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Vampires Prey on Terrified Malawi Villagers

At one point in history virtually everyone feared vampires, but then times changed and science and logic beat out superstition – vampires were no longer feared. That being said, you wouldn’t think that today, in our modern world, that entire villagers would be deathly afraid of the undead, right? Well, according to articles I stumbled across from 2002, mass vampire hysteria spread throughout the villages of Malawi, Africa. The fear of vampires is still very much alive.

A few years back in 2002, rumors spread that the government of Malawi in southern Africa was conspiring with vampires to collect human blood in exchange for food. This triggered a fear so great that frightened villagers fled from their work and left their fields unattended in attempt to escape the mysterious bloodsucker’s wrath. The president of the time, Bakili Muluzi, worked with other officials to calm the fears, stating that the rumors were unfounded and a plot to undermine the government.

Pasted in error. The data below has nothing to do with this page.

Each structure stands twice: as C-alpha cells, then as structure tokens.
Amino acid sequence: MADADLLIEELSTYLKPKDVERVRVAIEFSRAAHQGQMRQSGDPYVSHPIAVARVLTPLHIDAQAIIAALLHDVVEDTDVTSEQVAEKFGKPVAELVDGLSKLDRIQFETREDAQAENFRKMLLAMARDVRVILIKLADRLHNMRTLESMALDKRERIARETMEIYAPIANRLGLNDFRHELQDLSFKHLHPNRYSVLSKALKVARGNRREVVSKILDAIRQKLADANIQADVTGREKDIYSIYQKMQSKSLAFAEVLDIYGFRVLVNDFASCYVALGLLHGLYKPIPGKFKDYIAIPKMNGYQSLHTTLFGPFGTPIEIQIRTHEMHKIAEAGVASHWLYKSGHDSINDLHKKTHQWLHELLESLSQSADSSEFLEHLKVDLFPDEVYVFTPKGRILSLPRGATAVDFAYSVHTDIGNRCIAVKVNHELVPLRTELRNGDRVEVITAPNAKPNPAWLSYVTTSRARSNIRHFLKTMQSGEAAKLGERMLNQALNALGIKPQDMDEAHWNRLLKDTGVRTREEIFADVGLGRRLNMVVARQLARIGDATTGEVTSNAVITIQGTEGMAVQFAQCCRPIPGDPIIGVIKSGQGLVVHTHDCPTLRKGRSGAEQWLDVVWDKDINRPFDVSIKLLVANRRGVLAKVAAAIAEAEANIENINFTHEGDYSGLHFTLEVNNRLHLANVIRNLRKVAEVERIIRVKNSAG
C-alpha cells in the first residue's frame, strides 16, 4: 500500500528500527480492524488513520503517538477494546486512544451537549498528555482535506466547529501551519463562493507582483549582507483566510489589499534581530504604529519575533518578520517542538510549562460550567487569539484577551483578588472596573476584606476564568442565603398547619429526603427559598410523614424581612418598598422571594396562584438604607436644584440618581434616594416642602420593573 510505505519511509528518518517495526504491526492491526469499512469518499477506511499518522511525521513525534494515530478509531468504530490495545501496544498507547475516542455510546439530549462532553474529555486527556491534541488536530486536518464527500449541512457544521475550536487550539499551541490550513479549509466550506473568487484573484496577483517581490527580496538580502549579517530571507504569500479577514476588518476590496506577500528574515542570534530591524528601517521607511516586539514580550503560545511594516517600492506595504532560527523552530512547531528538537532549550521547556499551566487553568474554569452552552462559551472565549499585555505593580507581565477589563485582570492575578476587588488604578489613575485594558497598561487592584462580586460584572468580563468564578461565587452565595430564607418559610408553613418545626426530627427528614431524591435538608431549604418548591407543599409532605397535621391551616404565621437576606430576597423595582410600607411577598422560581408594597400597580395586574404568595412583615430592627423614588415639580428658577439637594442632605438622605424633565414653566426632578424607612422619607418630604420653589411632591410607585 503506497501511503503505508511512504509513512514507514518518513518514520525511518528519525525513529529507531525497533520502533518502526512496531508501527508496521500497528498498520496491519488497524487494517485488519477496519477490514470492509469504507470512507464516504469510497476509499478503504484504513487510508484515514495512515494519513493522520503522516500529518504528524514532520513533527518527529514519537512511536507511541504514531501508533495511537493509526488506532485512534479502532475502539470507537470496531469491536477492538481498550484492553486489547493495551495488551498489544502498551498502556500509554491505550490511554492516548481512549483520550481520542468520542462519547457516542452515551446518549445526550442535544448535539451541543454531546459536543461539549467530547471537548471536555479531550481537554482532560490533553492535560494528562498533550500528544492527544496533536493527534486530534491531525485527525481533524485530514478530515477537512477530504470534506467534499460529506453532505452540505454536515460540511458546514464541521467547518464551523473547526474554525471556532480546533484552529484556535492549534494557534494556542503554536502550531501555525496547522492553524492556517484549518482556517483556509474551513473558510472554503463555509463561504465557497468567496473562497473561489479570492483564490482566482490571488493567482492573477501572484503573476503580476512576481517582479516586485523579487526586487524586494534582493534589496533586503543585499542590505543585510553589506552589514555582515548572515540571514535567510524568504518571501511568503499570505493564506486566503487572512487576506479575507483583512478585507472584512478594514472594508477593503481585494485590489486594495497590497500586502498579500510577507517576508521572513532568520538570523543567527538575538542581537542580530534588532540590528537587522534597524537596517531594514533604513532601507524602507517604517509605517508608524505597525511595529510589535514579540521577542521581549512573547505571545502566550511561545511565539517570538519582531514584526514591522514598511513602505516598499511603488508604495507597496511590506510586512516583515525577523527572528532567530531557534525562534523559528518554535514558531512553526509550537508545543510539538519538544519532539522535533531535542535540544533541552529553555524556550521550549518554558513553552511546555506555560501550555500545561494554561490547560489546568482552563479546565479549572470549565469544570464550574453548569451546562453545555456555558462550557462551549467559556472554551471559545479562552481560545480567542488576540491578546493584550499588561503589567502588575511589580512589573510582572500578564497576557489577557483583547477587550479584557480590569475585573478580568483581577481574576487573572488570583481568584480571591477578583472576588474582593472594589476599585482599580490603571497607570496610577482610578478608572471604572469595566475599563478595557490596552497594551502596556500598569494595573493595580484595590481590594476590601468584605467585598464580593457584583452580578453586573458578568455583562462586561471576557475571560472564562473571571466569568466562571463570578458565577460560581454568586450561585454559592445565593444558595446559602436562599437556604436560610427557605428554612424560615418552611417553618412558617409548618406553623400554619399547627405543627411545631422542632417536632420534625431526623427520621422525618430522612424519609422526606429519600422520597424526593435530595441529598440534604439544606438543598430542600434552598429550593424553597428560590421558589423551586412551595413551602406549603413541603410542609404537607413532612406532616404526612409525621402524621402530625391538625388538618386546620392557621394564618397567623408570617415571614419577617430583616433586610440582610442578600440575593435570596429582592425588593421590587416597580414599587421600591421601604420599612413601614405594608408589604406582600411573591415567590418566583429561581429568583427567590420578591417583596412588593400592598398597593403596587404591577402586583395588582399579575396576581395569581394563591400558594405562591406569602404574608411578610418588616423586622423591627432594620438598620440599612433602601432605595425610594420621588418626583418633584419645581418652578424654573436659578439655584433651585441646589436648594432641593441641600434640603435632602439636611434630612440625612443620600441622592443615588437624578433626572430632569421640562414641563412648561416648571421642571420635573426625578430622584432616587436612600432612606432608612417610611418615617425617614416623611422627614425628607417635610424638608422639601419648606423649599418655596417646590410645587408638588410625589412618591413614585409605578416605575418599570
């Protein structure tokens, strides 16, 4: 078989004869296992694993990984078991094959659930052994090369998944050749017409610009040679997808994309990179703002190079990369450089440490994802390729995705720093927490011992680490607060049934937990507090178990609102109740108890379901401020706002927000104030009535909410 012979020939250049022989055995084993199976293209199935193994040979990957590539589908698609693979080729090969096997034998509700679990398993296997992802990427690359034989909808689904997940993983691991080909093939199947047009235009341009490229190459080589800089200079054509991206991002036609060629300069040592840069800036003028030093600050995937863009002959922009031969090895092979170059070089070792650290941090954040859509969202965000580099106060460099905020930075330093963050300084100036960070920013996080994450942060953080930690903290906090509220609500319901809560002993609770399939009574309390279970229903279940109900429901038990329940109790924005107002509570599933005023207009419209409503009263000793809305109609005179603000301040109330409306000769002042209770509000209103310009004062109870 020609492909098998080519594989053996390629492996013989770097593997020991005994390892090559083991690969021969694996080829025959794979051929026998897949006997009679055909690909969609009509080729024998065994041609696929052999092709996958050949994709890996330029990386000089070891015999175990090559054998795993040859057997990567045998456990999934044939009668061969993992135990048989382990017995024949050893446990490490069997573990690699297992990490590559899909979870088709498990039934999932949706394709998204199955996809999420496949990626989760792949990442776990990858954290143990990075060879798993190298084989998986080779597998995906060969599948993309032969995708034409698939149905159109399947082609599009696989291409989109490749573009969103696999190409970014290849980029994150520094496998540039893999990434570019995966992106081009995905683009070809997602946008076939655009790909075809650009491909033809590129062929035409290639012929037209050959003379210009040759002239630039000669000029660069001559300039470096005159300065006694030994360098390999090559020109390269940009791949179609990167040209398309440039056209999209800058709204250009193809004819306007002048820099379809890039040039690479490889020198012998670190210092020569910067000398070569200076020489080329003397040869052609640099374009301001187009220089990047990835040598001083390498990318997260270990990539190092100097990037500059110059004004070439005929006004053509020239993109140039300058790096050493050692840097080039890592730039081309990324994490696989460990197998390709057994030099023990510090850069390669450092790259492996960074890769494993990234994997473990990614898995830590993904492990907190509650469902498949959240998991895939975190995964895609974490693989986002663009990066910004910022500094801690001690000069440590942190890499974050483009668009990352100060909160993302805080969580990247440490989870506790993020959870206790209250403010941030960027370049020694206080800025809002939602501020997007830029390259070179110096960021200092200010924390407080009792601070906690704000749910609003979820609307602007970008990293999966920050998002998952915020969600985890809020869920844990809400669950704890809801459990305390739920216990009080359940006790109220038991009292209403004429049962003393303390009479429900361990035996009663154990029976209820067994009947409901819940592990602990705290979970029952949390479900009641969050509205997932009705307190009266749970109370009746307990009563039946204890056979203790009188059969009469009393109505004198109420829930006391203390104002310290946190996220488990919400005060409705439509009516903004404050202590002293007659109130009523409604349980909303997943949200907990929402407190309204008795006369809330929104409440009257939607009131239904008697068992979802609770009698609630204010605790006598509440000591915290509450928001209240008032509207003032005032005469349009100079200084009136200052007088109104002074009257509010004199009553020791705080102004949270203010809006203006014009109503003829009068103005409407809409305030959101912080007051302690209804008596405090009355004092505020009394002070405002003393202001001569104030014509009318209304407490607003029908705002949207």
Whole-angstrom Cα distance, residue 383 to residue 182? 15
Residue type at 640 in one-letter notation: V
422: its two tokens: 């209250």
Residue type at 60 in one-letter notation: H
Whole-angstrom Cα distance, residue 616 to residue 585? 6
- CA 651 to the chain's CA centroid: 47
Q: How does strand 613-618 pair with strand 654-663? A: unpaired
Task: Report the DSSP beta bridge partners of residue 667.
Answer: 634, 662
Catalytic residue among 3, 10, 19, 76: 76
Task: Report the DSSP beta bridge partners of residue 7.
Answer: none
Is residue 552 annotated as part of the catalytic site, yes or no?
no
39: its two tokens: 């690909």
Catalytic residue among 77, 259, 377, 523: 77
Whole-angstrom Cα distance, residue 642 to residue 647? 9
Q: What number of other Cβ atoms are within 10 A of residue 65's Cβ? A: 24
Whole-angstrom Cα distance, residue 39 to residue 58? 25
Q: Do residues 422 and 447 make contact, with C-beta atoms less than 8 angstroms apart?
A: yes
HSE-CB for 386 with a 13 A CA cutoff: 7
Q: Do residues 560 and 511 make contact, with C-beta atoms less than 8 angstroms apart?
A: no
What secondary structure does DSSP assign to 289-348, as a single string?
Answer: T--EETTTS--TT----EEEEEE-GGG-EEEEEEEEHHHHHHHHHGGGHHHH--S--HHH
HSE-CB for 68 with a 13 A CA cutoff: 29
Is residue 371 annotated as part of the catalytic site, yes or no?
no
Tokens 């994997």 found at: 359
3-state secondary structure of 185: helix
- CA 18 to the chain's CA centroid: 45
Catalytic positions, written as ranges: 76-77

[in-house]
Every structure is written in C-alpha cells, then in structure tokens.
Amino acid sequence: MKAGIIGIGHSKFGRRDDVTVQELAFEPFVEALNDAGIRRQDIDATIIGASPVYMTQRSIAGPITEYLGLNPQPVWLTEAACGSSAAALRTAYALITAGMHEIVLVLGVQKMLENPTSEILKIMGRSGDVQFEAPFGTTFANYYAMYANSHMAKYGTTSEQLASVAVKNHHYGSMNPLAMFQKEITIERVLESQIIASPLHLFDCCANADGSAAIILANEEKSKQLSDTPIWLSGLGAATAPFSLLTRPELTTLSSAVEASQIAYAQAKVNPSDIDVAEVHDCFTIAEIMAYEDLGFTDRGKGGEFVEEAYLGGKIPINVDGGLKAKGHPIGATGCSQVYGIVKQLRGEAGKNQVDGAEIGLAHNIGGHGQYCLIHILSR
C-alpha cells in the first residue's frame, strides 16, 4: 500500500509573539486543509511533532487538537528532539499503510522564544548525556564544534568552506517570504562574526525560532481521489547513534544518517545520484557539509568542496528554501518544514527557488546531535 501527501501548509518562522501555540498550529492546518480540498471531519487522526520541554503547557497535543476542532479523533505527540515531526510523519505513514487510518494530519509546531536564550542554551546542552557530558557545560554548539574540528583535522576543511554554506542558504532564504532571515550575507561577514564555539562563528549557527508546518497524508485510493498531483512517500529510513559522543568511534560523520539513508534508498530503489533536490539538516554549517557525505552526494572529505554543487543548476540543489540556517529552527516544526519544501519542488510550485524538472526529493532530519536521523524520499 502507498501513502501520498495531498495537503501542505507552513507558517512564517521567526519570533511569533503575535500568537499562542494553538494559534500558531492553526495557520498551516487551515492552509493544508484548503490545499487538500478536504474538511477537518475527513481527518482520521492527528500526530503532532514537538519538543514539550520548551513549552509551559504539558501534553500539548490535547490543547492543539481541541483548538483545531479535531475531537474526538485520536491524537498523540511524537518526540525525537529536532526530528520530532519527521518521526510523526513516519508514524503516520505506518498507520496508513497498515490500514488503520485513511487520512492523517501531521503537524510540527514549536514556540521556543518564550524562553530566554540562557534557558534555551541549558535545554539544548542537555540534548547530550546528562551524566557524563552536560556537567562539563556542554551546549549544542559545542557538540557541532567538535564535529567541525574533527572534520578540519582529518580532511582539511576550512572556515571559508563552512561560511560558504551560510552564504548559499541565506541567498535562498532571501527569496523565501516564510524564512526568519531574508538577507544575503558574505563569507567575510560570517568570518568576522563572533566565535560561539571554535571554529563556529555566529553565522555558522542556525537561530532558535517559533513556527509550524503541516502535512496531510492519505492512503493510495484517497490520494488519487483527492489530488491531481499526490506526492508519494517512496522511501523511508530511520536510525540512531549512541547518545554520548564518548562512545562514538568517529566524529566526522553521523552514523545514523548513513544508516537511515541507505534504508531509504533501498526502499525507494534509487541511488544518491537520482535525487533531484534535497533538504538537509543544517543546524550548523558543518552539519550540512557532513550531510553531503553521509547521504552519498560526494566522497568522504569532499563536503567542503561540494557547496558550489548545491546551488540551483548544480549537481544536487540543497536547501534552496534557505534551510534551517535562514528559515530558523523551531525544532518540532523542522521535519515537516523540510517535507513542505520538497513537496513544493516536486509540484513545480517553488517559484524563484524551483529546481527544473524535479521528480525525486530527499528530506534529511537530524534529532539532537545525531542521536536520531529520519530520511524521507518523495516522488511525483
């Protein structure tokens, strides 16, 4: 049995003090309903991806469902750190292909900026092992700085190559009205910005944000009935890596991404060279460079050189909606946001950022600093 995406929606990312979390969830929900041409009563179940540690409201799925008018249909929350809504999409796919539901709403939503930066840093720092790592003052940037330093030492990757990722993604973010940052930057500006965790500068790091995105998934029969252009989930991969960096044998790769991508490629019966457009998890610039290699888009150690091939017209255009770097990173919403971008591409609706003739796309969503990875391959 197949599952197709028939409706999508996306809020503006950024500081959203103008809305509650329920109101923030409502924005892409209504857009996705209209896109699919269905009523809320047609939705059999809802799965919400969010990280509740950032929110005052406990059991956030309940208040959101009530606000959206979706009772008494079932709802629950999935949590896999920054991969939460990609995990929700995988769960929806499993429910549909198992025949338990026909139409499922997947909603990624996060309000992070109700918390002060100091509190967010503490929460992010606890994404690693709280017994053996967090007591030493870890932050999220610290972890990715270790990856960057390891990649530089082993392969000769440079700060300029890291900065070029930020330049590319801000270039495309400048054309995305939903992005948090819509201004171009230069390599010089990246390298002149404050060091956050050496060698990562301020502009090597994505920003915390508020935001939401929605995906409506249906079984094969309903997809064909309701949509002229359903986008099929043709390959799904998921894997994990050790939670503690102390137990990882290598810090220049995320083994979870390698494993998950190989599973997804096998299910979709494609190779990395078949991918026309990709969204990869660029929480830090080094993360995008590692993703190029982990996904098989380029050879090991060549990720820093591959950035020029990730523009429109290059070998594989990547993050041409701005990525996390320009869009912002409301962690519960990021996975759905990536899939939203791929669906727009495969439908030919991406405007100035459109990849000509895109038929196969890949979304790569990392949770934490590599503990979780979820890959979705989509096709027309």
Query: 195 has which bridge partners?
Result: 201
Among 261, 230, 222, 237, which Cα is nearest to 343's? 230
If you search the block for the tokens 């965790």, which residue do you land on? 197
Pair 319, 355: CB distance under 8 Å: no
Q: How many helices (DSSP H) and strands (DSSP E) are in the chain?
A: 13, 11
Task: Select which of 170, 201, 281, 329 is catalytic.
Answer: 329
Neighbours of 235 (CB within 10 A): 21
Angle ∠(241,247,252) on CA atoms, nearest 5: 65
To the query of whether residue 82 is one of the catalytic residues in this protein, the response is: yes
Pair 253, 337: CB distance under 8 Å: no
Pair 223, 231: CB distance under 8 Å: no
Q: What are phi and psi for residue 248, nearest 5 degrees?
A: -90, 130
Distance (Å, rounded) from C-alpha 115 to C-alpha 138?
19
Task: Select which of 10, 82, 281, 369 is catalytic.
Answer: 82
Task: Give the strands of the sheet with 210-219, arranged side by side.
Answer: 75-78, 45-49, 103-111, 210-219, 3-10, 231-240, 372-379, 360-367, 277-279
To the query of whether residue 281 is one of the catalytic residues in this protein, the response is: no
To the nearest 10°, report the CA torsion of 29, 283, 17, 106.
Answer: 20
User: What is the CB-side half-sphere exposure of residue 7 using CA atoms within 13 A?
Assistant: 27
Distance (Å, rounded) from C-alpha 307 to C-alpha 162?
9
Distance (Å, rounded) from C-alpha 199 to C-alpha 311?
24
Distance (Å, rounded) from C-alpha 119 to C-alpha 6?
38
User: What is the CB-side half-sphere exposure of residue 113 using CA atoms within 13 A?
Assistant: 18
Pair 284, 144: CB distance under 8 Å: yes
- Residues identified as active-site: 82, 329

It was reported that villagers were taking matters into their own hands, as more people came forward claiming they were victims of the blood-thieves. One woman said she had a mark on her arm from where blood had been drawn via a needle. The fear grew so great that soon random people were being labeled as vampires and were killed by vigilantes. One man was stoned to death for being suspected as a vampire, three others were badly injured.

Shocking that something that was once so prominent hundreds of years ago can still be found in parts of the world today. It’s amazing, and horrifying, that vampire hysteria still exists.

According to journalist Ralph Blumenthal, it was no surprise that the vampire myth spread like wildfire in Malawi. In 2002 there was widespread starvation and an AIDS epidemic in Malawi. Plus, President Bakili Muluzi was trying to extend his two-term limit in order to remain in office, which caused a public outcry. The vampire myth can express a society’s greatest fears, and, according to Blumenthal, the Malawi vampire panic was a reminder that “among desperate people, who with reason feel their life’s blood, or that of their children, is being sucked away, the vampire myth still resonates uncannily with human experience.”

What are your thoughts of the vampire hysteria in Malawi?

– Moonlight

Bakili Muluzifear of vampiresMalawivampire historyvampire hysteria

Moonlight • April 16, 2012


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